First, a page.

Next stop for David Ortiz? Cooperstown and the Baseball Hall of Fame – Metro US

Next stop for David Ortiz? Cooperstown and the Baseball Hall of Fame

Next stop for David Ortiz? Cooperstown and the Baseball Hall of Fame

It’s becoming harder and harder to dispute that David Ortiz is worthy of a place in the Baseball Hall of Fame as the ridiculous numbers he put up this season have boosted some already impressive numbers.

He has been in baseball for 20 years now, and has clocked 540 home runs (good for an average of 36 homers per season) and has driving in 1,765 runs (good for an average of 119 RBIs per season). He has 2,469 hits, and he’s walked 1,317 times. He has a career .286 batting average, a .380 on-base percentage and a .552 slugging percentage.

Big Papi now ranks 17th on the all-time home run list, ahead of guys like Mickey Mantle, Jimmie Foxx, Frank Thomas, Ted Williams and Lou Gehrig. He ranks 22nd on Major League Baseball’s all-time RBI list, ahead of guys like Honus Wagner, Reggie Jackson, Cal Ripken Jr., George Brett and Chipper Jones.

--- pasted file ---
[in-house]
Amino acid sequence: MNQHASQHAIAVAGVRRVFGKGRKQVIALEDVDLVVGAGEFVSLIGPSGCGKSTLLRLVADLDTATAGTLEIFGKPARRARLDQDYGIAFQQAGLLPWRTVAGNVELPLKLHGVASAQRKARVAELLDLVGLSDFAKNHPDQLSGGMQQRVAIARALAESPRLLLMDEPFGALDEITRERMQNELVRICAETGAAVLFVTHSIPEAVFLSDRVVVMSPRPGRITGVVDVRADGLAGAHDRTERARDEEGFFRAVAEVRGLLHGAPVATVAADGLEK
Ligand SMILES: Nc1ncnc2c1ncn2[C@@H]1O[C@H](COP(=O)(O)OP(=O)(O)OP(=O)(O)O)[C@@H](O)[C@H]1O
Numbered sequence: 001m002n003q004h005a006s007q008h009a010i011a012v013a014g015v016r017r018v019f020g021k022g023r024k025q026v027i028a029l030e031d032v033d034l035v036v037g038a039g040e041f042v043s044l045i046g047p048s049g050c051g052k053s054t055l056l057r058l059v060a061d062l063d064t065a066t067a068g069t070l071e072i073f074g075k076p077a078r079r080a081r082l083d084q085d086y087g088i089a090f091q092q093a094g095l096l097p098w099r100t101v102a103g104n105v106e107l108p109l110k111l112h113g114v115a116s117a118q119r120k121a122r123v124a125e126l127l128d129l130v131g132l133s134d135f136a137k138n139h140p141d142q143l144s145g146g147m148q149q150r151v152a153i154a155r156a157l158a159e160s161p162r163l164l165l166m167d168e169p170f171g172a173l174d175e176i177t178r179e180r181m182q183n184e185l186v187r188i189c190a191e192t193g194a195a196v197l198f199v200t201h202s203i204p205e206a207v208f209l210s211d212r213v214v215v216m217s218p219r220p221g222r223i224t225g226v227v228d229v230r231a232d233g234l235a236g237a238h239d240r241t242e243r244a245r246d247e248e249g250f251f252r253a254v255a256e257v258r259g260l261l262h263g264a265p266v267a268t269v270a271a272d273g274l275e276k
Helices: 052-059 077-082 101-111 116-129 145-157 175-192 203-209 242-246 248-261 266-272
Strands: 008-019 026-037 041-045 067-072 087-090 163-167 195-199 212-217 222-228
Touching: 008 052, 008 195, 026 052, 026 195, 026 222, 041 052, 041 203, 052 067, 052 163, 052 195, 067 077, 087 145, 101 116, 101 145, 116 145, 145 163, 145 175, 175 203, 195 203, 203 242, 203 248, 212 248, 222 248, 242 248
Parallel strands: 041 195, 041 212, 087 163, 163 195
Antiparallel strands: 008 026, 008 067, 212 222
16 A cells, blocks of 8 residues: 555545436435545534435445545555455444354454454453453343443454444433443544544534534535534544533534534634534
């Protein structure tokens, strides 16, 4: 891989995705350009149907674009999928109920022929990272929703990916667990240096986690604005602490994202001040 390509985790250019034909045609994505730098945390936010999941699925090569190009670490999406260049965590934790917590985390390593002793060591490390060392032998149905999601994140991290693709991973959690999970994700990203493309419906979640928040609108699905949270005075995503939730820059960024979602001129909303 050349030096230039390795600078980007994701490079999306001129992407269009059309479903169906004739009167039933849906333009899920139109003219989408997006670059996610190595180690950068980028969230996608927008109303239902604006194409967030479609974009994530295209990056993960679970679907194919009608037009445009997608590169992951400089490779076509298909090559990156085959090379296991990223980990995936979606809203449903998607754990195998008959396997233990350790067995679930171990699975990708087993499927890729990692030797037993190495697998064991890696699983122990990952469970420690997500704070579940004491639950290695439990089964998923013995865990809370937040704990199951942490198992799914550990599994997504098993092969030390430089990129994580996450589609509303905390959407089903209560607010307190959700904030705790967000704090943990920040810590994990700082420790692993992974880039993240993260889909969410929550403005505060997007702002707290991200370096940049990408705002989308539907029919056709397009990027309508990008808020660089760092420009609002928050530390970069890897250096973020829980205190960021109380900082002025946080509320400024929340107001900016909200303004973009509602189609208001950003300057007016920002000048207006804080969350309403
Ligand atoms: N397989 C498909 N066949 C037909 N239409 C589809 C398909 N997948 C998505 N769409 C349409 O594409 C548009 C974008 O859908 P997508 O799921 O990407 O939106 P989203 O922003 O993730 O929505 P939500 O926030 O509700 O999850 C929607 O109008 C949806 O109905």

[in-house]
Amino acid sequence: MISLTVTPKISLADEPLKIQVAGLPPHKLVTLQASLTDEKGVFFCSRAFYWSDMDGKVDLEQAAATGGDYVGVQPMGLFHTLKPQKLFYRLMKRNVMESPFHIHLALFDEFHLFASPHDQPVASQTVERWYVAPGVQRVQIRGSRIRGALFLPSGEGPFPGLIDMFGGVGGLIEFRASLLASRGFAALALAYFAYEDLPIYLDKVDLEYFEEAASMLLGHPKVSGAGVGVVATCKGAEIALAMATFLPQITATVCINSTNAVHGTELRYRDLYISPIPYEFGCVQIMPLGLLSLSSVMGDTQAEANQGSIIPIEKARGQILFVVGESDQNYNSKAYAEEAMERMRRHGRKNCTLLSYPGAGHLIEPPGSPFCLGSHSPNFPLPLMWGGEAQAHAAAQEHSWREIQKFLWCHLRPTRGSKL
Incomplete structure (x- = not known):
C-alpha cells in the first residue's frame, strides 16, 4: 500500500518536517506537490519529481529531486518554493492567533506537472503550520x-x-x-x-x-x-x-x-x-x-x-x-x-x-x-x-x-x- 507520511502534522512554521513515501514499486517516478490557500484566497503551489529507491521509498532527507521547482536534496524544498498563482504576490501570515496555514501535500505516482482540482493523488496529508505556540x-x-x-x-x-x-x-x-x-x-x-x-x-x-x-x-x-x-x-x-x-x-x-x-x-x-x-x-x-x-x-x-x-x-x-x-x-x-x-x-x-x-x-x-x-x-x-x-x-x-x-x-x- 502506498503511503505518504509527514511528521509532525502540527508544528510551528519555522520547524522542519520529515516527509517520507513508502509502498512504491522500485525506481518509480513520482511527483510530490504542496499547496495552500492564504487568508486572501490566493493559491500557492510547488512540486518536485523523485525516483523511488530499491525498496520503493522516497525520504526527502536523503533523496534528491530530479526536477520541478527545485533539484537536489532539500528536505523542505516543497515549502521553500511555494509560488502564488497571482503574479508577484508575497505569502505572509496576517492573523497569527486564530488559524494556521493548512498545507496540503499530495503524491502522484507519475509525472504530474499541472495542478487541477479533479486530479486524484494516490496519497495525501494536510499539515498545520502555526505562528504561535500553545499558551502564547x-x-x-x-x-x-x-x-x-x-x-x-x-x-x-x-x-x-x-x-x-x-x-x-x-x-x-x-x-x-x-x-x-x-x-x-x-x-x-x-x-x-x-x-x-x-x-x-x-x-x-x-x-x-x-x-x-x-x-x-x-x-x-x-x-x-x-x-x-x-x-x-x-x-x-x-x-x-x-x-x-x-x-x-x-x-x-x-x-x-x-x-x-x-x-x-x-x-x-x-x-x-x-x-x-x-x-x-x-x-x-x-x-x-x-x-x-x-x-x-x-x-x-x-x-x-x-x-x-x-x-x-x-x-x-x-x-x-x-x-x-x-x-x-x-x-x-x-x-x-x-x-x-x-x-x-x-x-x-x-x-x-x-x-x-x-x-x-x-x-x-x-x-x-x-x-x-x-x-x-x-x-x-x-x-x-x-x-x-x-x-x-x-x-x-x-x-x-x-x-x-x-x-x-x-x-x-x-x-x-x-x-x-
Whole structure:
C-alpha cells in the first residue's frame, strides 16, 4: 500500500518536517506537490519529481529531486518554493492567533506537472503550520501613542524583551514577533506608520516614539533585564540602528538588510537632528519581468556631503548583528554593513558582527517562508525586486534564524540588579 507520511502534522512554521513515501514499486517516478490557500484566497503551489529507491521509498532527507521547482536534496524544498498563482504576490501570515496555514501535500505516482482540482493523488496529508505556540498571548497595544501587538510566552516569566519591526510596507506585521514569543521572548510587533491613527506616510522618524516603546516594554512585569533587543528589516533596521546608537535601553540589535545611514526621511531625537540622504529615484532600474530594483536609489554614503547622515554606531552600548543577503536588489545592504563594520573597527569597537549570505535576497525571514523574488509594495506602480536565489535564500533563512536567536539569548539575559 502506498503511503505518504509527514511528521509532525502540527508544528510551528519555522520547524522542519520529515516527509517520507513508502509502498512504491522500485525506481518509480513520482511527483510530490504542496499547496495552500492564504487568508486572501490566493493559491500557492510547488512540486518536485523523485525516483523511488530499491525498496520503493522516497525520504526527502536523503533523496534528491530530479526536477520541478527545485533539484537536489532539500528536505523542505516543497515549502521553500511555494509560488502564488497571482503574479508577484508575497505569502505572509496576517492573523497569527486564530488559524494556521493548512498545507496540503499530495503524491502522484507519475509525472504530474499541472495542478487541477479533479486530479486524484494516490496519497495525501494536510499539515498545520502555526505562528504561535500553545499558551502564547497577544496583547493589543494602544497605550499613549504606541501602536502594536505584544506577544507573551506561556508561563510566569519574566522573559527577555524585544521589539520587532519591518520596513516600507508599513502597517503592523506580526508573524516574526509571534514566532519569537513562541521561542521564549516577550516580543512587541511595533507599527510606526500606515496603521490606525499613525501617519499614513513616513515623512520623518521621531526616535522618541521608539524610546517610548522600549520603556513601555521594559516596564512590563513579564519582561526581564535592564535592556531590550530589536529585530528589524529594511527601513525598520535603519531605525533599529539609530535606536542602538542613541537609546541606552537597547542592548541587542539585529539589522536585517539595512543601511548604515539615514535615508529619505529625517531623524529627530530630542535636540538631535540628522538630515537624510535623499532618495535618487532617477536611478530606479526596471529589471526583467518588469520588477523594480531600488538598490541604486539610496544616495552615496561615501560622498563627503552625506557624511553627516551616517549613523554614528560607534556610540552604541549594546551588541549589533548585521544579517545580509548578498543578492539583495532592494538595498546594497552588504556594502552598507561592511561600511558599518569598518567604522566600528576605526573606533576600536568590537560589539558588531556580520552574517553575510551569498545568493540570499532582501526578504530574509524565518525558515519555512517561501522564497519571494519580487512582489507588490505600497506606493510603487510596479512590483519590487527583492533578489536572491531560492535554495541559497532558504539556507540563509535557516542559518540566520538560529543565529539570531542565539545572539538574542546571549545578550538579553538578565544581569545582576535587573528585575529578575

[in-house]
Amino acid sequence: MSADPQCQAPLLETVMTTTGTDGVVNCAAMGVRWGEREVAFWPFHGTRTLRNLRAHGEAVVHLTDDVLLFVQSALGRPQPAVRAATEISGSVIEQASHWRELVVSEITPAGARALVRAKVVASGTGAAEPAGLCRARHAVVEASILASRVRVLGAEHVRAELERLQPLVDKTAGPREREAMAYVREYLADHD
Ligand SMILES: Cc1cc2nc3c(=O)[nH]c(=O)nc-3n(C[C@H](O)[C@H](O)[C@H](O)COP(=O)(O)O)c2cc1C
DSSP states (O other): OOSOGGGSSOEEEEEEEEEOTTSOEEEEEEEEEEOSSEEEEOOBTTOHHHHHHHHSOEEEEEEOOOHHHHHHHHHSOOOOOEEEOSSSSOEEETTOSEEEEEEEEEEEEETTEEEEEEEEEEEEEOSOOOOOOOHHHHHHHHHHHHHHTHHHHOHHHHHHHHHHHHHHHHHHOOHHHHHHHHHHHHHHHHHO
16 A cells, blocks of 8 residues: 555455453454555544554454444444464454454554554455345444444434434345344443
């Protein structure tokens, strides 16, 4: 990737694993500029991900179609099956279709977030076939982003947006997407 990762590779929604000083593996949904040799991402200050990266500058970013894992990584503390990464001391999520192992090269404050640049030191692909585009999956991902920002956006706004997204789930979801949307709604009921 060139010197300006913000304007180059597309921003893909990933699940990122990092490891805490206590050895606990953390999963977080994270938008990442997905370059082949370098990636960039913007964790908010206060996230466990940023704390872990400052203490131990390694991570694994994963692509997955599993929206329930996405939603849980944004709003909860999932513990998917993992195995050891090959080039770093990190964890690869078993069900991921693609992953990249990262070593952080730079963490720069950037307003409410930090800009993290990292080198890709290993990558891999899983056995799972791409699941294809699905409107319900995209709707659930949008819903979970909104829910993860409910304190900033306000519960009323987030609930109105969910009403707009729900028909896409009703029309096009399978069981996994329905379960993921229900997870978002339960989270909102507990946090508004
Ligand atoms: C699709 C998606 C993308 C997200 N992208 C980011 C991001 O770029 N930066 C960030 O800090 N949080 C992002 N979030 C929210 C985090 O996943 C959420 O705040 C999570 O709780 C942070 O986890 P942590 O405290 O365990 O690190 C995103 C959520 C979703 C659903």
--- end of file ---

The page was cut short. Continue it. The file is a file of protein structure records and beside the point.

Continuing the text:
Where Ortiz truly separates himself from the pack though is when we dive into his postseason numbers. He has 87 hits in 357 plate appearances in the MLB playoffs, good for 10th all-time. He will no doubt add to that total in the coming weeks, and with just 10 hits he could climb all the way to fifth all-time. He is already fourth all-time in postseason doubles with 21, is seventh all-time in postseason home runs with 17, and is fifth all-time in postseason RBIs with 60.

Ortiz ranks among the top players in Red Sox players in dozens of offensive categories. The issue is that he spent the early portion of his career in Minnesota – which is holding him back from being the Sox’ leader in most offensive categories. It makes you wonder what would have happened if Ortiz was here from Day 1.

“He went there [to Boston] and, some guys kind of shrink in that atmosphere, and he just blossomed,” former Red Sox manager Terry Francona told ESPN of Ortiz. “It brought out his true personality and he embraced it. He’s been through a lot there. He’s certainly the face of the Red Sox, or one of them, and probably the same goes for the face of baseball. He’s got that big smile that when you walk in the room, or when somebody walks in the room, he can disarm you just like that. I don’t care who you are. He’s a big teddy bear.”